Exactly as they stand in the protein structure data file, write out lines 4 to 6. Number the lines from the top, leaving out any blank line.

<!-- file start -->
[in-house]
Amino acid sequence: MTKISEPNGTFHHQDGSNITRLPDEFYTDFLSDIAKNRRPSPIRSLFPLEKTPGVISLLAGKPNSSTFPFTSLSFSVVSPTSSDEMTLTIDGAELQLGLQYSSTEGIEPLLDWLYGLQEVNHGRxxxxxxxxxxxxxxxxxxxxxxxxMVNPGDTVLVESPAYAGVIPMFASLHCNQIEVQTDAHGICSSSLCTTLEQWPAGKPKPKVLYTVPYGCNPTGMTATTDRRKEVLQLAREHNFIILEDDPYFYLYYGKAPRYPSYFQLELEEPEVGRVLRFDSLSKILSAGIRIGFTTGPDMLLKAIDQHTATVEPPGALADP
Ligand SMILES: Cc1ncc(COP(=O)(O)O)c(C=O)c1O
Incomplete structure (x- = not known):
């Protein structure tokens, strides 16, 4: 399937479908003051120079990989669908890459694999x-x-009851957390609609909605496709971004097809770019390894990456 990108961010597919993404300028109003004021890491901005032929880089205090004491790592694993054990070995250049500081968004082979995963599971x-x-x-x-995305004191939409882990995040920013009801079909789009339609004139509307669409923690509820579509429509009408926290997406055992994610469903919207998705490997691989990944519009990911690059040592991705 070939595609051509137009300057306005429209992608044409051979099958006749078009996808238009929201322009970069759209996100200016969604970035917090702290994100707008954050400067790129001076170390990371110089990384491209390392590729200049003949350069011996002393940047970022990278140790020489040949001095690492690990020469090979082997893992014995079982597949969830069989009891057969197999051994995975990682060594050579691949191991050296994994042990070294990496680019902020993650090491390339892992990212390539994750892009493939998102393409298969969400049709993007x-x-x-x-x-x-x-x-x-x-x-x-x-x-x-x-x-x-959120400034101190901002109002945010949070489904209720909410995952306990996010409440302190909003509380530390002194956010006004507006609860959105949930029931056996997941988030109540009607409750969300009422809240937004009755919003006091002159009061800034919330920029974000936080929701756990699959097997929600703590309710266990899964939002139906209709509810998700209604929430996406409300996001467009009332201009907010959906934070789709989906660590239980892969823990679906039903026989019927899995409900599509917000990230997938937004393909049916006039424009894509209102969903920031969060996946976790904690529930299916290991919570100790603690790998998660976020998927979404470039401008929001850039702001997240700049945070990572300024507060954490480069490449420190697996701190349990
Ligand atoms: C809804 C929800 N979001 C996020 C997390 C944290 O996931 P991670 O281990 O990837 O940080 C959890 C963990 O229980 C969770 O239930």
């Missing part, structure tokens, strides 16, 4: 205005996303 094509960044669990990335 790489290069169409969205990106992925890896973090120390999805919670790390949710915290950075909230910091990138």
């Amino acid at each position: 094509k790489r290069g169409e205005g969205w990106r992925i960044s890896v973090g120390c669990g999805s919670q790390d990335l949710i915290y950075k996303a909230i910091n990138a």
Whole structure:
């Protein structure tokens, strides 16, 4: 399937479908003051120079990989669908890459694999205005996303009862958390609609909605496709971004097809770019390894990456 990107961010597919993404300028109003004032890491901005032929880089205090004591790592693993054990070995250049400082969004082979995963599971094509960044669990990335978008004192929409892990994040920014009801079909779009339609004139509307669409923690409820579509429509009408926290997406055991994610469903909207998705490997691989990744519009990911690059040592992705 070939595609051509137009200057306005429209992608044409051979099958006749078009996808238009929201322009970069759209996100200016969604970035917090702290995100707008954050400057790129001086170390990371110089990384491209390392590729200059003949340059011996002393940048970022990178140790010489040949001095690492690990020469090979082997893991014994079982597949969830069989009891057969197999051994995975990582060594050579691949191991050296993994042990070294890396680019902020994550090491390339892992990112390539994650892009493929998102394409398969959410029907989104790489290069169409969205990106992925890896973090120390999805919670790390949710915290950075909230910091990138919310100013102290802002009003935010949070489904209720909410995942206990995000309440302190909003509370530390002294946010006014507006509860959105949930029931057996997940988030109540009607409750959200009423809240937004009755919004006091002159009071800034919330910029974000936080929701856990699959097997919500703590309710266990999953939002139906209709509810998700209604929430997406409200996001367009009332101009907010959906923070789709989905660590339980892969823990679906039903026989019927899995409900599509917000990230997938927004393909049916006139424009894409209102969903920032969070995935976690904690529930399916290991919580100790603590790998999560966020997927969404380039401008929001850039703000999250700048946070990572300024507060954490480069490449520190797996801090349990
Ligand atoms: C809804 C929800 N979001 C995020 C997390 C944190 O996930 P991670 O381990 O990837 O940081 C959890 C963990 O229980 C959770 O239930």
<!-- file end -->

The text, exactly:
Incomplete structure (x- = not known):
């Protein structure tokens, strides 16, 4: 399937479908003051120079990989669908890459694999x-x-009851957390609609909605496709971004097809770019390894990456 990108961010597919993404300028109003004021890491901005032929880089205090004491790592694993054990070995250049500081968004082979995963599971x-x-x-x-995305004191939409882990995040920013009801079909789009339609004139509307669409923690509820579509429509009408926290997406055992994610469903919207998705490997691989990944519009990911690059040592991705 070939595609051509137009300057306005429209992608044409051979099958006749078009996808238009929201322009970069759209996100200016969604970035917090702290994100707008954050400067790129001076170390990371110089990384491209390392590729200049003949350069011996002393940047970022990278140790020489040949001095690492690990020469090979082997893992014995079982597949969830069989009891057969197999051994995975990682060594050579691949191991050296994994042990070294990496680019902020993650090491390339892992990212390539994750892009493939998102393409298969969400049709993007x-x-x-x-x-x-x-x-x-x-x-x-x-x-x-x-x-x-959120400034101190901002109002945010949070489904209720909410995952306990996010409440302190909003509380530390002194956010006004507006609860959105949930029931056996997941988030109540009607409750969300009422809240937004009755919003006091002159009061800034919330920029974000936080929701756990699959097997929600703590309710266990899964939002139906209709509810998700209604929430996406409300996001467009009332201009907010959906934070789709989906660590239980892969823990679906039903026989019927899995409900599509917000990230997938937004393909049916006039424009894509209102969903920031969060996946976790904690529930299916290991919570100790603690790998998660976020998927979404470039401008929001850039702001997240700049945070990572300024507060954490480069490449420190697996701190349990
Ligand atoms: C809804 C929800 N979001 C996020 C997390 C944290 O996931 P991670 O281990 O990837 O940080 C959890 C963990 O229980 C969770 O239930």